Declaration of patient consent

The authors certify that they have obtained all appropriate patient consent forms. In the form the patient(s) has/have given his/her/their consent for his/her/their images and other clinical information to be reported in the journal. The patients understand that their names and initials will not be published and due efforts will be made to conceal their identity, but anonymity cannot be guaranteed.

Financial support and sponsorship

Nil.

Conflicts of interest

There are no conflicts of interest.



 
  References Top

1.
Gautam R, Kumar J, Pradhan GS, Passey JC, Meher R, Mehndiratta A. High-resolution computed tomography evaluation of congenital aural atresia – How useful is this? J Laryngol Otol 2020;134:610-22.  Back to cited text no. 1
    
2.
Ruhl DS, Kesser BW. Atresiaplasty in congenital aural atresia: What the facial plastic surgeon needs to know. Facial Plast Surg Clin North Am 2018;26:87-96.  Back to cited text no. 2
    
3.
Pellinen J, Vasama JP, Kivekäs I. Long-term results of atresiaplasty in patients with congenital aural atresia. Acta Otolaryngol 2018;138:621-4.  Back to cited text no. 3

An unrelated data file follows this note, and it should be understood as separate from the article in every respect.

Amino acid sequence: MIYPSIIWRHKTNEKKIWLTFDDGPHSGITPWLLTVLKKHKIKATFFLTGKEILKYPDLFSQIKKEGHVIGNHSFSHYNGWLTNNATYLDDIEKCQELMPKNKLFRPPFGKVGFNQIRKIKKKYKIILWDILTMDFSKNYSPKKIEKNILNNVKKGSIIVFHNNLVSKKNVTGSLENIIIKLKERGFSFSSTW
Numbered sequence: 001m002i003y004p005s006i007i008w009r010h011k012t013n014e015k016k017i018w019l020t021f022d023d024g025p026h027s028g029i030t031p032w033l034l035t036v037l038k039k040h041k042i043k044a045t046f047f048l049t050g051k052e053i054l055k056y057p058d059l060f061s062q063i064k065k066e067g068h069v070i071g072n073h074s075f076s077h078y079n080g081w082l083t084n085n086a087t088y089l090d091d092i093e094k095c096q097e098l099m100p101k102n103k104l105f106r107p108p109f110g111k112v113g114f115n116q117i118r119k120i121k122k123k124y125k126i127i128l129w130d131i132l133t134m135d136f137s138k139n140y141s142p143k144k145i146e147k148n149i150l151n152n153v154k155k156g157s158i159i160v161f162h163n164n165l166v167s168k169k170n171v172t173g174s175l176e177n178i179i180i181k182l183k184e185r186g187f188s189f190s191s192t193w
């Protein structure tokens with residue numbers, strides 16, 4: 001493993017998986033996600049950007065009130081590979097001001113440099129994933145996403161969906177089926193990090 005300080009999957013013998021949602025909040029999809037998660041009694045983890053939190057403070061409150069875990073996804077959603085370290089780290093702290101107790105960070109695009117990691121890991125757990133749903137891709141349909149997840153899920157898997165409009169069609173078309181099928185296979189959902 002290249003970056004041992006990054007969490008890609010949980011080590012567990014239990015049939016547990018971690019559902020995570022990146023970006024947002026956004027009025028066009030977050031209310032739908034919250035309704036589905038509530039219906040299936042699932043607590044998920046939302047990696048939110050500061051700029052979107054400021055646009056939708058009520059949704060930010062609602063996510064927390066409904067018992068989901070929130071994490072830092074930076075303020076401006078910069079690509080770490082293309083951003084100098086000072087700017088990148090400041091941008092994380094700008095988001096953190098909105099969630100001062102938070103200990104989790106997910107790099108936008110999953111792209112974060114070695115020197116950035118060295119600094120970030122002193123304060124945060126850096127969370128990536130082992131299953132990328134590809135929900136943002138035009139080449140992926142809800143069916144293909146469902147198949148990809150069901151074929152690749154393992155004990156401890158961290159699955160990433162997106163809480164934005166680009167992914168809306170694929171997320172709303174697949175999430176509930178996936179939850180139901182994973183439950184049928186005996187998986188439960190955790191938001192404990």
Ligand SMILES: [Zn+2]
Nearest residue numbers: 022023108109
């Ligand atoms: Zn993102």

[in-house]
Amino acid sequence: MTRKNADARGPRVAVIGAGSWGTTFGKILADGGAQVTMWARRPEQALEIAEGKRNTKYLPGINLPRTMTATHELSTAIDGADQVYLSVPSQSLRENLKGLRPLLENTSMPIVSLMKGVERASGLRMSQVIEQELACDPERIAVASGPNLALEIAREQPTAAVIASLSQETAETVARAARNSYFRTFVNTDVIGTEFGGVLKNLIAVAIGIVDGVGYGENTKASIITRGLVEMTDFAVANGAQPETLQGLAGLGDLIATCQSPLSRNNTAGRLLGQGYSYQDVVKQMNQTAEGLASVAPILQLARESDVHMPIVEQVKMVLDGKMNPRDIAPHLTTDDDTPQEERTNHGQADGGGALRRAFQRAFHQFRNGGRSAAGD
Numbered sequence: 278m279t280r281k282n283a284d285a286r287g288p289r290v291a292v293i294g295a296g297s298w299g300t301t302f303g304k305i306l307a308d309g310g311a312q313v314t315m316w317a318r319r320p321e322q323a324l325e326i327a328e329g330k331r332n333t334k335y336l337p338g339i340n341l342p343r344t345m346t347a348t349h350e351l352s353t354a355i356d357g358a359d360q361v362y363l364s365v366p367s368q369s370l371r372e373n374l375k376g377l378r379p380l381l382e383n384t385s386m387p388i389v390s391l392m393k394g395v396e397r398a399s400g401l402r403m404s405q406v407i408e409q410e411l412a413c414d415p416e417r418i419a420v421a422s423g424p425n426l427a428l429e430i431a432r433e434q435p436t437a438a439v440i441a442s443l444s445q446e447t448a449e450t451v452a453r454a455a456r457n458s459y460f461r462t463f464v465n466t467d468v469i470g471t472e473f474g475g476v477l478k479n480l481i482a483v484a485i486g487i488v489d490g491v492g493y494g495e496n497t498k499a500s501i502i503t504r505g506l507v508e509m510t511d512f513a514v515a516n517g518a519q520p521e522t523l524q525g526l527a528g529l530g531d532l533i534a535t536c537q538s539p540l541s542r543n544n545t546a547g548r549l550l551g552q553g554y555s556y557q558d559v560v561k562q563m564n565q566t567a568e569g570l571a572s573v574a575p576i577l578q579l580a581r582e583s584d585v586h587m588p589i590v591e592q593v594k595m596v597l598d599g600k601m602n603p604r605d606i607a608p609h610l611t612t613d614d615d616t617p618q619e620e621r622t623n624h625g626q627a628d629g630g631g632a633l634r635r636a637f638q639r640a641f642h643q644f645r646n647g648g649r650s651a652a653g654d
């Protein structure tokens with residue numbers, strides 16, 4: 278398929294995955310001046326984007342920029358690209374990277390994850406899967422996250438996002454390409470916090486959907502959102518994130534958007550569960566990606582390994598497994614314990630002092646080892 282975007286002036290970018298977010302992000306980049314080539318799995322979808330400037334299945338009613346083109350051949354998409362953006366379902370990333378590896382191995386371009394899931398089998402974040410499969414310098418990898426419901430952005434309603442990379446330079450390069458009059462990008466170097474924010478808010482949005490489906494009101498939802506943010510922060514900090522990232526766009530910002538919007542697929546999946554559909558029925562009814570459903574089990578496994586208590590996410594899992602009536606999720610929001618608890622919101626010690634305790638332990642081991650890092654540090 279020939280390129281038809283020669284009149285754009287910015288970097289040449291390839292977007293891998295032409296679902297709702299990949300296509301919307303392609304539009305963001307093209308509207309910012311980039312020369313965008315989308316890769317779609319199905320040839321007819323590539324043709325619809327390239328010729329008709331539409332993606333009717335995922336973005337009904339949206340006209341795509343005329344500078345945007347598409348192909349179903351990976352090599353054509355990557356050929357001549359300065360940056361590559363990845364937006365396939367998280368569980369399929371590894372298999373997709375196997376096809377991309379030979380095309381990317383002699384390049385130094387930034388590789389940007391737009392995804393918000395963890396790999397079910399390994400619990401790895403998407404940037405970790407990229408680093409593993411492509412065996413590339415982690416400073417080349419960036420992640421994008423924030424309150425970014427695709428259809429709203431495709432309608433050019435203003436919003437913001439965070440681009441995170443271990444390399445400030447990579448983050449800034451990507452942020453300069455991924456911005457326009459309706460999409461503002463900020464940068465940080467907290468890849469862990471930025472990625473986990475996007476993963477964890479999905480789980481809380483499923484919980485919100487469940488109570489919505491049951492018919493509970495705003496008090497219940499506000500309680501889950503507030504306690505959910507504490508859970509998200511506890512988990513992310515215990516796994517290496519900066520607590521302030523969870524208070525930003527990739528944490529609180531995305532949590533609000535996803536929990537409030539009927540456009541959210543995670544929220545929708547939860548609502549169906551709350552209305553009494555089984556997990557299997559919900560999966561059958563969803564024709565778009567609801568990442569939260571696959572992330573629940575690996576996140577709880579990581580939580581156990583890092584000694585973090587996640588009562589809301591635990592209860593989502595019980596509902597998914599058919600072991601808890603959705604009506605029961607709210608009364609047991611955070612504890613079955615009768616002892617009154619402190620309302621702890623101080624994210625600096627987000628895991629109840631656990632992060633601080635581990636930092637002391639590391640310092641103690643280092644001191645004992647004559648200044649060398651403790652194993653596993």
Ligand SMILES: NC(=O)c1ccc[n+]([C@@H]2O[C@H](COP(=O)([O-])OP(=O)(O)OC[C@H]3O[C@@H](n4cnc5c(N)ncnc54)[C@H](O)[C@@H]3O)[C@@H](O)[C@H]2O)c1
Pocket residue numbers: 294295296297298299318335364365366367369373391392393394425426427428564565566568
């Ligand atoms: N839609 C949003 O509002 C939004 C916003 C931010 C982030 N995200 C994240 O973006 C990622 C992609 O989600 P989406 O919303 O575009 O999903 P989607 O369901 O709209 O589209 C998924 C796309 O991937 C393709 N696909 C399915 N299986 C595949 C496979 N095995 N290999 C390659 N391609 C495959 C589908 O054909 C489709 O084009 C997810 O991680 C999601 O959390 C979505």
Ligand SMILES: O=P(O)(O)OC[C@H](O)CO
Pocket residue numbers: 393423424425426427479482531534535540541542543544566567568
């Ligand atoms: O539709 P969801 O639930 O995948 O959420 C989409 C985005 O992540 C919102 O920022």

4.
Gao R, Wang Y, Fan Y, Ai X, Zhang X, Xue H, et al. The role of HRCT and three-dimensional VR CT findings in patients of congenital atresia combined with microtia. Int J Pediatr Otorhinolaryngol 2012;76:1779-84.  Back to cited text no. 4
    
5.
Yamahara K, Katsura Y, Egawa Y, Lee K, Ikegami S. Two cases of cartilaginous choristoma-not chondroma of the bony external auditory canal. Case Rep Otolaryngol 2018;2018:6346453.  Back to cited text no. 5
    
6.
Yamanobe Y, Oishi N, Nishiyama T, Hosoya M, Ogawa K. Inner ear salivary gland choristoma extending to the middle ear with congenital profound hearing loss and facial palsy: A case report. J Otolaryngol Head Neck Surg 2021;50:25.  Back to cited text no. 6
    
7.
Chen S, Li Y. Salivary gland choristoma of the middle ear. Ear Nose Throat J 2015;94:E9-12.  Back to cited text no. 7
    
8.
Toros SZ, Egeli E, Kiliçarslan Y, Gümrükçü G, Gökçeer T, Noşeri H. Salivary gland choristoma of the middle ear in a child with situs inversus totalis. Auris Nasus Larynx 2010;37:365-8.  Back to cited text no. 8
    


    Figures

  [Figure 1], [Figure 2], [Figure 3], [Figure 4], [Figure 5], [Figure 6], [Figure 7], [Figure 8], [Figure 9], [Figure 10]
 
 
    Tables

  [Table 1], [Table 2]